El objeto de este libro es dar a conocer los trabajos de investigación arqueológica que desde 1997 se han realizado en el denominado Sector III del yacimiento de Alarcos, ubicado en un cerro situado junto al río Guadiana, a pocos kilómetros de Ciudad Real. Estas campañas arqueológicas han permitido obtener una información esencial para poder conocer a las comunidades que, desde finales de la Edad del Bronce hasta finales de la Edad del Hierro, habitaron este gran poblado y su área circundante.

Se ha logrado recuperar un interesante conjunto de estructuras y otras evidencias de la cultura material, que permiten caracterizar las actividades cotidianas que desempeñaban estas personas entre el siglo X a.C. y el II a.C. y, además, nos posibilitan realizar una aproximación al paleoambiente de este territorio y a las características de la economía y de las actividades de transformación de alimentos de estas poblaciones protohistóricas.

Se ha determinado su uso a lo largo de los siglos, siendo en origen un área residencial que posteriormente, en época ibérica, asumió una funcionalidad económica al estar destinada al almacenamiento de grano, a molienda y cocción de alimentos.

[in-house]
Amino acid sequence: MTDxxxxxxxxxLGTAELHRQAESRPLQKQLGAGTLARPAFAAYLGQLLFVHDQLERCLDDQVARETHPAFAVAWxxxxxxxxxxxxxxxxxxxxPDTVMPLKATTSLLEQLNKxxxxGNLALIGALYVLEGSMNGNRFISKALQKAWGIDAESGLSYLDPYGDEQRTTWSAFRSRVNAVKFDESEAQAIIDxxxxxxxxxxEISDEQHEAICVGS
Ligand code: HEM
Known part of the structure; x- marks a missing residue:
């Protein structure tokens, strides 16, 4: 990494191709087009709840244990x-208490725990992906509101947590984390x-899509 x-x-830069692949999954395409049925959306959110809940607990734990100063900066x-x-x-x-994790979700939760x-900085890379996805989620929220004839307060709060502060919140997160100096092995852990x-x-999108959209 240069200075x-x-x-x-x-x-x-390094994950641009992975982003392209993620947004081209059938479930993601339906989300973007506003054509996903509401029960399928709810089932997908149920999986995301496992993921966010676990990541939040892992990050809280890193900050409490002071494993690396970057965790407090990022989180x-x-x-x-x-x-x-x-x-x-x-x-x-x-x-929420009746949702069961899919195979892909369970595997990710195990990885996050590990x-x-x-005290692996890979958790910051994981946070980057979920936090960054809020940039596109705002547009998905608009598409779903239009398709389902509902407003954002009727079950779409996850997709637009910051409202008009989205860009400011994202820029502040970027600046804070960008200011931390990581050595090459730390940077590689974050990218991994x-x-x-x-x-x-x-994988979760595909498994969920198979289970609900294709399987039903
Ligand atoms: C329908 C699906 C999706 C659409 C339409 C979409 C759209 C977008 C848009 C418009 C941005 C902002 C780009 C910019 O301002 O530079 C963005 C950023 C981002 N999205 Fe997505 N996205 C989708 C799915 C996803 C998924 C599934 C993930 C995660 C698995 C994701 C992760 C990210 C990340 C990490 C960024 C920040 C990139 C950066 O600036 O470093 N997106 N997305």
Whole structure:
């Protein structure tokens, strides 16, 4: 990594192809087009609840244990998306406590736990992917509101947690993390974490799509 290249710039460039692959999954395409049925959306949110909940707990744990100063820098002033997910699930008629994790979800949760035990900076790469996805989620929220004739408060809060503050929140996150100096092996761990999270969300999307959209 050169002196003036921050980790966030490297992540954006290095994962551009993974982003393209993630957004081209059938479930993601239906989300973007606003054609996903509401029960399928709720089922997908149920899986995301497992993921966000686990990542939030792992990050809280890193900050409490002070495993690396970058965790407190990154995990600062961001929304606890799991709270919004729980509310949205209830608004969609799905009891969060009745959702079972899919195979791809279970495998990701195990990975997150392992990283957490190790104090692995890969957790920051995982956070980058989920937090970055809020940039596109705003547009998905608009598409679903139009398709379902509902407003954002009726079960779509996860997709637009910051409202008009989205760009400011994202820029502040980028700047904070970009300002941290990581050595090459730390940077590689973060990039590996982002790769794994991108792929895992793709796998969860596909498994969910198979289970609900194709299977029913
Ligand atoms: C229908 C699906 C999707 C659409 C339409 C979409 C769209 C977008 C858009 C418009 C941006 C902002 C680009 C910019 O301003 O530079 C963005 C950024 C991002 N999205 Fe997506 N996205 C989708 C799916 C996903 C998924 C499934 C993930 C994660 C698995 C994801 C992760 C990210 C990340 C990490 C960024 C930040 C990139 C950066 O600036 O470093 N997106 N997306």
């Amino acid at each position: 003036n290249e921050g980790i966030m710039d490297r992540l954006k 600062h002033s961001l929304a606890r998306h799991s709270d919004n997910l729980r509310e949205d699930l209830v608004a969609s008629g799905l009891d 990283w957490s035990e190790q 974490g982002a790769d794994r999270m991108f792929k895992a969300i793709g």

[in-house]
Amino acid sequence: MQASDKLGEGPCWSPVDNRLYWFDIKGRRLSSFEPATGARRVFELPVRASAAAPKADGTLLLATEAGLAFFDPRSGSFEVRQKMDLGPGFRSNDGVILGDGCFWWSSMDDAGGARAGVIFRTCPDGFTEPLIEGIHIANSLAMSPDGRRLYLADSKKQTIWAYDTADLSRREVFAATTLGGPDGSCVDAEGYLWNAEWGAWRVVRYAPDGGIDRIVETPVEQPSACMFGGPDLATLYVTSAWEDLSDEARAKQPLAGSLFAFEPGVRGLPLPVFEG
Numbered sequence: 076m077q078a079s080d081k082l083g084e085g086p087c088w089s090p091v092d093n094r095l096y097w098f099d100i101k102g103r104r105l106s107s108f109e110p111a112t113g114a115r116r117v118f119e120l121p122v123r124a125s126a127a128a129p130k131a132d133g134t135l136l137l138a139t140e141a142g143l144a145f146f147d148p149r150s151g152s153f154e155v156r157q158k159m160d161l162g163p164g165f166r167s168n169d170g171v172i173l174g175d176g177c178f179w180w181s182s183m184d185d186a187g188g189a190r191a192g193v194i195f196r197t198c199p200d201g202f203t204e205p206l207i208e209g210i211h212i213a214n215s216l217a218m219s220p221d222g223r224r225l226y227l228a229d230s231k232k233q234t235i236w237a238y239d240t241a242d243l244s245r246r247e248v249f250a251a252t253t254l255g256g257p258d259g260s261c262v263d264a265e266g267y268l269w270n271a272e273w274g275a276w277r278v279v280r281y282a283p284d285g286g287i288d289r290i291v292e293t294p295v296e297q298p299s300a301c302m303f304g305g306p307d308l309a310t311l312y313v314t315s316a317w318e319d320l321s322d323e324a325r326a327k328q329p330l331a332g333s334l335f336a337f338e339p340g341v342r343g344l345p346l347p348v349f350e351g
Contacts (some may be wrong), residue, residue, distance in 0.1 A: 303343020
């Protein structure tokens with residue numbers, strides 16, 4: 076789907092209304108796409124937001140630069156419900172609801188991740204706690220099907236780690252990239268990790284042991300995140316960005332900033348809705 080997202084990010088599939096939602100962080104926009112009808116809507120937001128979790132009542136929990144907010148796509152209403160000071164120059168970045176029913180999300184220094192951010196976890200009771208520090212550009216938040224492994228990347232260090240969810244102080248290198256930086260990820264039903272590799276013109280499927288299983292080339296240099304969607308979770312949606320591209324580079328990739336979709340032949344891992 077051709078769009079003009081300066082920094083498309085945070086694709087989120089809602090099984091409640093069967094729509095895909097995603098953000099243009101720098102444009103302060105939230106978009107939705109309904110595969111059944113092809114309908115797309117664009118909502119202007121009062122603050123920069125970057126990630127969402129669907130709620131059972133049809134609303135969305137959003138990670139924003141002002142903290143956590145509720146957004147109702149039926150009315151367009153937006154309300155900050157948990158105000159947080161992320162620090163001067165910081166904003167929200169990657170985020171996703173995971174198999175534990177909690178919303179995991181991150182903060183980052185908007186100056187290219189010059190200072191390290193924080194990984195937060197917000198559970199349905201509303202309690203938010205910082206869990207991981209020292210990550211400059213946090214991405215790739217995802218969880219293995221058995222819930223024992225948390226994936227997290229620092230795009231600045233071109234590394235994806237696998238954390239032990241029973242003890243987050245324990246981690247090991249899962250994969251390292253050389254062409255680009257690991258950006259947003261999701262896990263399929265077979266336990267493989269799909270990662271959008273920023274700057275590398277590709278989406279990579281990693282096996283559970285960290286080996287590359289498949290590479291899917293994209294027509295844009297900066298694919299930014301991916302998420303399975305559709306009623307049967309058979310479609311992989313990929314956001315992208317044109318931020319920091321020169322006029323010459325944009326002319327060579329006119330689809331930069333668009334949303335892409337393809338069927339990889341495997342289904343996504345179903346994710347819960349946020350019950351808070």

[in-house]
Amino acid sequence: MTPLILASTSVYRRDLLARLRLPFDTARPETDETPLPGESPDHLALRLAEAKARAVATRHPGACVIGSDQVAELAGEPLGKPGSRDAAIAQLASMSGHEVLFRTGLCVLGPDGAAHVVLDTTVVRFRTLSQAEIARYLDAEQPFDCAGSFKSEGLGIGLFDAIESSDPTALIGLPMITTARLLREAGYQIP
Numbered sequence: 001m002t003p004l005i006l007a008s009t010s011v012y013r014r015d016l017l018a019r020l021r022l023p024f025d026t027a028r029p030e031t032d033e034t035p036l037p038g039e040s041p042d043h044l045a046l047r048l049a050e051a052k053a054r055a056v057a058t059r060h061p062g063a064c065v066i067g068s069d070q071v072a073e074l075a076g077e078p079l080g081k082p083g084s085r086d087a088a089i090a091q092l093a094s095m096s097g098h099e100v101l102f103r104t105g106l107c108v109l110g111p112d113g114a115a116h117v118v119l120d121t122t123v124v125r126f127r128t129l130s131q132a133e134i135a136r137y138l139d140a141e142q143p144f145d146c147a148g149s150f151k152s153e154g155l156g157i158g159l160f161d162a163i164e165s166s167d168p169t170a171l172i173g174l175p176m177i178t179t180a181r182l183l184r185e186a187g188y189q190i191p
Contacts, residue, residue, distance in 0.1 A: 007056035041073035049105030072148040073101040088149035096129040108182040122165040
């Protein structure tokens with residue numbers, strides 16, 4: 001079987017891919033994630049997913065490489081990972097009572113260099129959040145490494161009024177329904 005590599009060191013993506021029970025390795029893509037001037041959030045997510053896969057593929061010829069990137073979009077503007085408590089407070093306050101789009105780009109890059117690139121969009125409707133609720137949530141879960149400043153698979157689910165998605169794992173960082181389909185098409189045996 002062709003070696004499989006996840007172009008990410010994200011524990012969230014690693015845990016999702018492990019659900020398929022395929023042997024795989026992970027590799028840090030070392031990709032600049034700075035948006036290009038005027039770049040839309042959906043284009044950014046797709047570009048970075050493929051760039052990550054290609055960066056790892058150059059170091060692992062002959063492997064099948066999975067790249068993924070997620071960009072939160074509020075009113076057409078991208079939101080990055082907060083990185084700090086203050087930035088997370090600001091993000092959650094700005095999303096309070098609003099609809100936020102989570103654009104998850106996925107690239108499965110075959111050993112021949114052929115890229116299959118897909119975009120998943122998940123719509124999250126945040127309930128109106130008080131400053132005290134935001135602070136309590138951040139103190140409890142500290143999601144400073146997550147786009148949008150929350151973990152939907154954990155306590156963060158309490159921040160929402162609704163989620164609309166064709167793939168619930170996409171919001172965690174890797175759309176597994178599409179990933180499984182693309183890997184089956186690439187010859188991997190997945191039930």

La documentación de un amplio y variado repertorio de materiales cerámicos y de un interesante conjunto de cerámicas foráneas corrobora el dinamismo que alcanzará este asentamiento, tanto en época Preibérica como durante el Ibérico pleno.

Mª del Rosario García Huerta es doctora en Prehistoria y profesora titular de esta materia en la Universidad de Castilla- La Mancha. Sus líneas de investigación se han centrado en las culturas protohistóricas de la península ibérica, celtibérica e ibérica y, más recientemente, ha iniciado el estudio del simbolismo animal en la Prehistoria. Es investigadora principal de numerosos proyectos de investigación arqueológicos y autora de un gran número de libros
NEW: The Global Connections of Gandhāran Art Proceedings of the Third International Workshop of the Gandhāra Connections Project, University of Oxford, 18th-19th March, 2019 edited by Wannaporn Rienjang and Peter Stewart. DOI: 10.32028/9781789696950; Paperback; 203x276mm; 276 pages; illustrated throughout. 669 2020. Available both in print and Open Access. Printed ISBN 9781789696950. £45.00 (No VAT). Epublication ISBN 9781789696967. Book contents pageDownload Full PDF   Buy Now